I really wasn’t sure how it was going to play out a few months ago when I welcomed two old dogs with health issues into our home. Would it be too much to take on? Would I be able to help them? Will it become a waiting game? Could I go through this again? I was so grateful to have more time with Kipling that last year, but it rattled me and broke my heart.
When my daughter was young, she could sit for hours cleaning and polishing stones she found in the dirt. Bringing out their beauty was her reward. Like mother, like daughter, we both love to bring the best out in things. For her it’s a visual satisfaction, but for me there is an emotional reward. My heart broke knowing that these boys lost their homes so late in life. I was determined to help them live their last stretch as bright as possible.
Zak came to me suffering from nightly incontinence. He was overweight, depressed and aloof. Kiefer came here also depressed, as well as itchy, bald, smelly and greasy. And he was afraid he wouldn’t get his needs met.
So here we are after a lot of “polishing”.
Kiefer is eating real food for the first time in 11 years. His hair has started to grow back and is less greasy. The last time he barked at me, he realized I understood what he needed. He smiled and wagged his tail enthusiastically. He is trusting the flow.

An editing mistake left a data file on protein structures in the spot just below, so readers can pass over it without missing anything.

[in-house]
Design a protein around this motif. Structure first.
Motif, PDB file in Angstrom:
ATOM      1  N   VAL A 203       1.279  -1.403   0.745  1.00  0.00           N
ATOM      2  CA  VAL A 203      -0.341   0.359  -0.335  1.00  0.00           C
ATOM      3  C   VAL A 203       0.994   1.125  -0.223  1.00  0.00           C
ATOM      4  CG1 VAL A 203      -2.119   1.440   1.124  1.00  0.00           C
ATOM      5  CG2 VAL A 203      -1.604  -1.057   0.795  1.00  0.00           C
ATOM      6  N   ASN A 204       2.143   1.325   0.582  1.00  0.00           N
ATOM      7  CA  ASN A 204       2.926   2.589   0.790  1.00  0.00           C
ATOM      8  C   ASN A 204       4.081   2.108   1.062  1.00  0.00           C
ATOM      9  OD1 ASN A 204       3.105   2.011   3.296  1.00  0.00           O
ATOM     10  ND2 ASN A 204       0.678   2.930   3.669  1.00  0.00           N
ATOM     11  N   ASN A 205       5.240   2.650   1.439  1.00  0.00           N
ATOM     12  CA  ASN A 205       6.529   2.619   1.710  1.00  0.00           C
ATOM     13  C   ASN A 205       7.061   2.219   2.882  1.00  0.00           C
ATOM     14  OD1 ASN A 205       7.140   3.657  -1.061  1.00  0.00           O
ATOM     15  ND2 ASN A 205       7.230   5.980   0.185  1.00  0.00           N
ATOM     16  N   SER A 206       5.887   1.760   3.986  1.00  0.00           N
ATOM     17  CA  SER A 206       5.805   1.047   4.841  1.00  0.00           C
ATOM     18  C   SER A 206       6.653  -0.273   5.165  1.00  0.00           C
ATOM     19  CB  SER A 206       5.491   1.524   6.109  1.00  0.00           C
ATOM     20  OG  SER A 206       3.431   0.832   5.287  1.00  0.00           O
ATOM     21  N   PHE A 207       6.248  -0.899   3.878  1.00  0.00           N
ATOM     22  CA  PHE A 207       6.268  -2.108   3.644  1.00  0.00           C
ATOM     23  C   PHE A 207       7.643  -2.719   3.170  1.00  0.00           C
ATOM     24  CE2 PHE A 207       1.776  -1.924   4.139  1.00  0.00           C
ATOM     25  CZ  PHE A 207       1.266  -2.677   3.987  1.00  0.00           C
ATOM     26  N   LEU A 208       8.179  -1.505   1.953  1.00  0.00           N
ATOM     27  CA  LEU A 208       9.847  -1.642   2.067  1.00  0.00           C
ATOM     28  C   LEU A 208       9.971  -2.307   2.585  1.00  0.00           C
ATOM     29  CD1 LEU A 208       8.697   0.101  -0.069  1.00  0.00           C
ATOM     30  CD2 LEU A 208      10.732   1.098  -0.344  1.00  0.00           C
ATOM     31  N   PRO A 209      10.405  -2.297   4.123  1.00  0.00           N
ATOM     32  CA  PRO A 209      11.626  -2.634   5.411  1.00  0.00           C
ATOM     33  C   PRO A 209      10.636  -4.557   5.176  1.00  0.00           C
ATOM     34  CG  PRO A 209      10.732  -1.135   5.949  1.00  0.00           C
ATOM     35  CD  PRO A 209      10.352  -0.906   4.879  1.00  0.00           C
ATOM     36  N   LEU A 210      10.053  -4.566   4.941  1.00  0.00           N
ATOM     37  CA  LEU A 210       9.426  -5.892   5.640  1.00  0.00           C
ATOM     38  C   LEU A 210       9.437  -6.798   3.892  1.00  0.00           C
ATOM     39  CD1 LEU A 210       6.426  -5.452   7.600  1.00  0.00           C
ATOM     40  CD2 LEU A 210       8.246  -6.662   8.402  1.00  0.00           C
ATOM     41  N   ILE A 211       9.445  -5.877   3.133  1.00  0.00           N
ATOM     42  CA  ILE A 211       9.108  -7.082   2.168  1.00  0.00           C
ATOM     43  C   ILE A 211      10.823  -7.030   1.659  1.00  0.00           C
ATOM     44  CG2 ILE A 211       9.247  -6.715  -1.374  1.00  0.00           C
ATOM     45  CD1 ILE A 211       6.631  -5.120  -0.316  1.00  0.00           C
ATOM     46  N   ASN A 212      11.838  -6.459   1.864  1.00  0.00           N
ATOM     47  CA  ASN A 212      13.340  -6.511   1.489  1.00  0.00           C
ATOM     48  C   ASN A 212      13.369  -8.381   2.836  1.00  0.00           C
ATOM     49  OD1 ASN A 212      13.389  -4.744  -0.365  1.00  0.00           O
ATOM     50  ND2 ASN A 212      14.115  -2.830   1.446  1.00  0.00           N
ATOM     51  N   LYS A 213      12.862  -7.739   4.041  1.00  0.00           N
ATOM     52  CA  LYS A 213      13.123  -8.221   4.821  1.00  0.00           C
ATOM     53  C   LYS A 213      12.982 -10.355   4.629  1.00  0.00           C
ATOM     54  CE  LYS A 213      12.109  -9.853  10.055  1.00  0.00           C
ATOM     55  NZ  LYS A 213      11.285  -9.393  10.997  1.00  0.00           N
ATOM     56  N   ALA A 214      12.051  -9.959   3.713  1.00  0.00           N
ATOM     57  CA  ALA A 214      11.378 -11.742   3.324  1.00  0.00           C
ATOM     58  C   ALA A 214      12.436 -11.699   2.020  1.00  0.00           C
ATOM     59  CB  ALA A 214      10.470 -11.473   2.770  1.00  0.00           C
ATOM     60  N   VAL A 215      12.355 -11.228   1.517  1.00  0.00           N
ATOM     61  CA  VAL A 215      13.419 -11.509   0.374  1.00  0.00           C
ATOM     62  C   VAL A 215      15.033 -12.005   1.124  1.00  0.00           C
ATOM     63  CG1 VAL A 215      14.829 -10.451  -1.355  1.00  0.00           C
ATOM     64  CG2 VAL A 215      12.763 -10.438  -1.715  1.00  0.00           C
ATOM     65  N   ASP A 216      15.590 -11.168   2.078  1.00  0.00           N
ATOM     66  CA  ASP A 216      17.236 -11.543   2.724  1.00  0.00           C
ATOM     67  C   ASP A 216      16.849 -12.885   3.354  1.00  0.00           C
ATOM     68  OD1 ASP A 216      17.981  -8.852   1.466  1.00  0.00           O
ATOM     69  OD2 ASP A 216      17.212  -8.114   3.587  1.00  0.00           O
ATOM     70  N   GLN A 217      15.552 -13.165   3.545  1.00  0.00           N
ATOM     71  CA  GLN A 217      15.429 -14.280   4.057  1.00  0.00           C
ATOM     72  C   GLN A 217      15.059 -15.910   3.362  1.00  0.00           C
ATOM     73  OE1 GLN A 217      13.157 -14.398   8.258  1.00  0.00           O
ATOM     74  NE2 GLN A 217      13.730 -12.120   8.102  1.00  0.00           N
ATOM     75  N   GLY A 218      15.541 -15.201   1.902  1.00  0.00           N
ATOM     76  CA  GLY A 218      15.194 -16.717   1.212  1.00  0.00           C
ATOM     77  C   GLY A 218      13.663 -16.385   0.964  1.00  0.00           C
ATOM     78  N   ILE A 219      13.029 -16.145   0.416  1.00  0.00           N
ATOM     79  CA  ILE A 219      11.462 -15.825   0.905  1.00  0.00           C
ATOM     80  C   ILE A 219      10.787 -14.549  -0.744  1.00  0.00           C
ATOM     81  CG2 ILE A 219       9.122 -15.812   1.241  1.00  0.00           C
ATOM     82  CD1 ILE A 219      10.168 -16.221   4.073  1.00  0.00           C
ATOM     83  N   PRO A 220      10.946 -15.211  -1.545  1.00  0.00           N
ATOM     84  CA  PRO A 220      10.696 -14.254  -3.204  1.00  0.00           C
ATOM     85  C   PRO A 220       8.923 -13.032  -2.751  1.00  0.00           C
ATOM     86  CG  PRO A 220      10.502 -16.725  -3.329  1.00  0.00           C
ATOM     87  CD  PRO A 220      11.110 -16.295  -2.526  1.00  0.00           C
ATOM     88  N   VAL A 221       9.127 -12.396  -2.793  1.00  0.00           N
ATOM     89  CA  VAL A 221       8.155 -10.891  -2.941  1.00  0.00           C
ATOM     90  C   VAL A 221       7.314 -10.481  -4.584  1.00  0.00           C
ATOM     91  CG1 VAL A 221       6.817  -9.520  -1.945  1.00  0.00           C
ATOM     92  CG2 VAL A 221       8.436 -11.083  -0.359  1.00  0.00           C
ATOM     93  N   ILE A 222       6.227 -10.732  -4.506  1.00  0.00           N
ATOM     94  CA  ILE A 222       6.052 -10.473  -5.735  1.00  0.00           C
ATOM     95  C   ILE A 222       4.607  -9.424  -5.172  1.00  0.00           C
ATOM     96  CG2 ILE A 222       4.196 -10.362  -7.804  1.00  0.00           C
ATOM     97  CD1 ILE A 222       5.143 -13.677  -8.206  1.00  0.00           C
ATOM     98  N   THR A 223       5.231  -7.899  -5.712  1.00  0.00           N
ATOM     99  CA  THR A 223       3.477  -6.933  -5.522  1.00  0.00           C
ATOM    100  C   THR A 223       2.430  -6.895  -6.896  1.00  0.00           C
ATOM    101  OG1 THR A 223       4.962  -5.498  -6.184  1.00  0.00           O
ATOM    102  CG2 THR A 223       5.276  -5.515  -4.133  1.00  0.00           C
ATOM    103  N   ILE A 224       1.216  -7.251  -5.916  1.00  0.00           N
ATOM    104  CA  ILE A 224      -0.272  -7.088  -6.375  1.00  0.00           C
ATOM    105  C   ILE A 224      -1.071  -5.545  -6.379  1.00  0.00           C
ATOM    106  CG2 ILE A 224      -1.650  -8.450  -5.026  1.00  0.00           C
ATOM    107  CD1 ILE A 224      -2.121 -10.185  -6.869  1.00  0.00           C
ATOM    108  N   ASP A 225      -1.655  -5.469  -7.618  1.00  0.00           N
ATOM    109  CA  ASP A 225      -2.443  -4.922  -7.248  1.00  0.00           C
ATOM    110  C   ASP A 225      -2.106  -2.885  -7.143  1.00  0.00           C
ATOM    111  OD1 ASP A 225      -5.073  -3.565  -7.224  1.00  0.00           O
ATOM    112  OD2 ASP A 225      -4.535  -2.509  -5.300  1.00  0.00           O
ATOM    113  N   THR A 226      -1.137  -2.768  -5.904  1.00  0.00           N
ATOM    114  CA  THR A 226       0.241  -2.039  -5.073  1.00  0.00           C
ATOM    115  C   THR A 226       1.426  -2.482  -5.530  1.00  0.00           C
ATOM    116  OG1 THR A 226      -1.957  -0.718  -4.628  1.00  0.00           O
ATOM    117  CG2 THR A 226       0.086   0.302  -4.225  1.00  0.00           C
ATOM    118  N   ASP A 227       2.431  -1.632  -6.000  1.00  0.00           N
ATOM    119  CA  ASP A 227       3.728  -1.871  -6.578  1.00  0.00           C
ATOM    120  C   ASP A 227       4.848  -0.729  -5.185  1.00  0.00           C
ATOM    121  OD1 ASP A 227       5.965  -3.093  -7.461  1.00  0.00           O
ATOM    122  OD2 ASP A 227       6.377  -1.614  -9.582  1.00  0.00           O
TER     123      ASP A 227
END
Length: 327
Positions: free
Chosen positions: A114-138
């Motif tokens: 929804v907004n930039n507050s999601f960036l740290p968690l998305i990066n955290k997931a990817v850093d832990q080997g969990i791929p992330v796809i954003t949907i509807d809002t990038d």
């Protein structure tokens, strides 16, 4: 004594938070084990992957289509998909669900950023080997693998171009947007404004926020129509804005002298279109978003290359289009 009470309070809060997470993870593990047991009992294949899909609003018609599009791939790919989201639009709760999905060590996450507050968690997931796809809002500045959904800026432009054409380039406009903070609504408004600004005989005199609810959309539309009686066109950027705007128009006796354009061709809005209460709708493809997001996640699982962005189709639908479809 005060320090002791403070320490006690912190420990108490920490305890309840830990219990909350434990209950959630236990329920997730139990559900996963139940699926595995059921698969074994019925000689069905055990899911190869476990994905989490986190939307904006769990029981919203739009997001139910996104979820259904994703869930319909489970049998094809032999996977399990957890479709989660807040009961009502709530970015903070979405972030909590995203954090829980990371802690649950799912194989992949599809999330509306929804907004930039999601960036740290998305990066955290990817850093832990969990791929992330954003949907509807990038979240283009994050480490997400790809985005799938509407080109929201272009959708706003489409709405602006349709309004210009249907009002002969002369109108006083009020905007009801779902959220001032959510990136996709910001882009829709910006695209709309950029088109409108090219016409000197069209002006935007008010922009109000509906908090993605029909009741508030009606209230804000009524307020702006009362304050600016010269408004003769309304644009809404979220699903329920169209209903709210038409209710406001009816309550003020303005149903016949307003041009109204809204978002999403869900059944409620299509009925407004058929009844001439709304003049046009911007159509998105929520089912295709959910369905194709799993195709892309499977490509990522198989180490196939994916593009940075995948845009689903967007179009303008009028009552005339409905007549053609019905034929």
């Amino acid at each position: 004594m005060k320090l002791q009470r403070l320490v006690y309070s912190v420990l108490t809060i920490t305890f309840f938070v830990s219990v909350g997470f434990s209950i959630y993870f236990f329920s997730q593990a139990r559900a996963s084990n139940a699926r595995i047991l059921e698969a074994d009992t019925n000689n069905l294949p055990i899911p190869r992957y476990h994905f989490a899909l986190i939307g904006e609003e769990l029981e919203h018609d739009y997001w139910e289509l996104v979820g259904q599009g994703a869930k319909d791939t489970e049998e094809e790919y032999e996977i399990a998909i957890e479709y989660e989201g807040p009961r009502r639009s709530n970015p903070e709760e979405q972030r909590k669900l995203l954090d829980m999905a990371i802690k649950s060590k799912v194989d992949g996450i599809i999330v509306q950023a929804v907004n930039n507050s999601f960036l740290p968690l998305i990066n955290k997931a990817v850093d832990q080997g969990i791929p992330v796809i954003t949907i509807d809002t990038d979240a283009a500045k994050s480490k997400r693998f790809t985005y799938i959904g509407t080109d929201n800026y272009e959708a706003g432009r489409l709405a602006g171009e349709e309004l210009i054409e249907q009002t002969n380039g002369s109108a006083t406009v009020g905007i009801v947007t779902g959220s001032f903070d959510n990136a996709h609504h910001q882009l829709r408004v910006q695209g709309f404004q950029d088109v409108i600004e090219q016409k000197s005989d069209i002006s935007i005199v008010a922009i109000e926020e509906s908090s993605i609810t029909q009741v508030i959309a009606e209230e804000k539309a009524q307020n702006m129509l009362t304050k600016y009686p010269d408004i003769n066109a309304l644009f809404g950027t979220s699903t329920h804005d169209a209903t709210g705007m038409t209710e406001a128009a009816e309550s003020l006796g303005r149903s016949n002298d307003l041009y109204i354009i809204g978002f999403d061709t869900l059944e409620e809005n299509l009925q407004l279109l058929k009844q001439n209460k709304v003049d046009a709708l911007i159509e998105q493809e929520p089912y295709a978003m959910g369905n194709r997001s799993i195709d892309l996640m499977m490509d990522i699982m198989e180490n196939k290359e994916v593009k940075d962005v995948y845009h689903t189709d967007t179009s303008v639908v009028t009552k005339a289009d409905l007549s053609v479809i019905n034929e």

Zak has improved, too. He lost weight, his digestion is great, and best of all he is much more animated. Every morning he bounces through the air as he heads outside. On a really good day he might even attempt a twirl. Quite a difference from the old man who puttered into my home a few months ago.
I know that when someone feels good, they are more likely to be tender towards others. Last night as I watched the unbearable news about the Texas school children, tears quietly ran down my face. Zak, out of character, leapt onto the couch and slid into the tiny spot next to me. He hugged his body perfectly around mine, looked up into my eyes and licked my face over and over again. It was such an unexpected act of compassion.
The journey with these boys will play out as it will, but for now I have been greatly rewarded.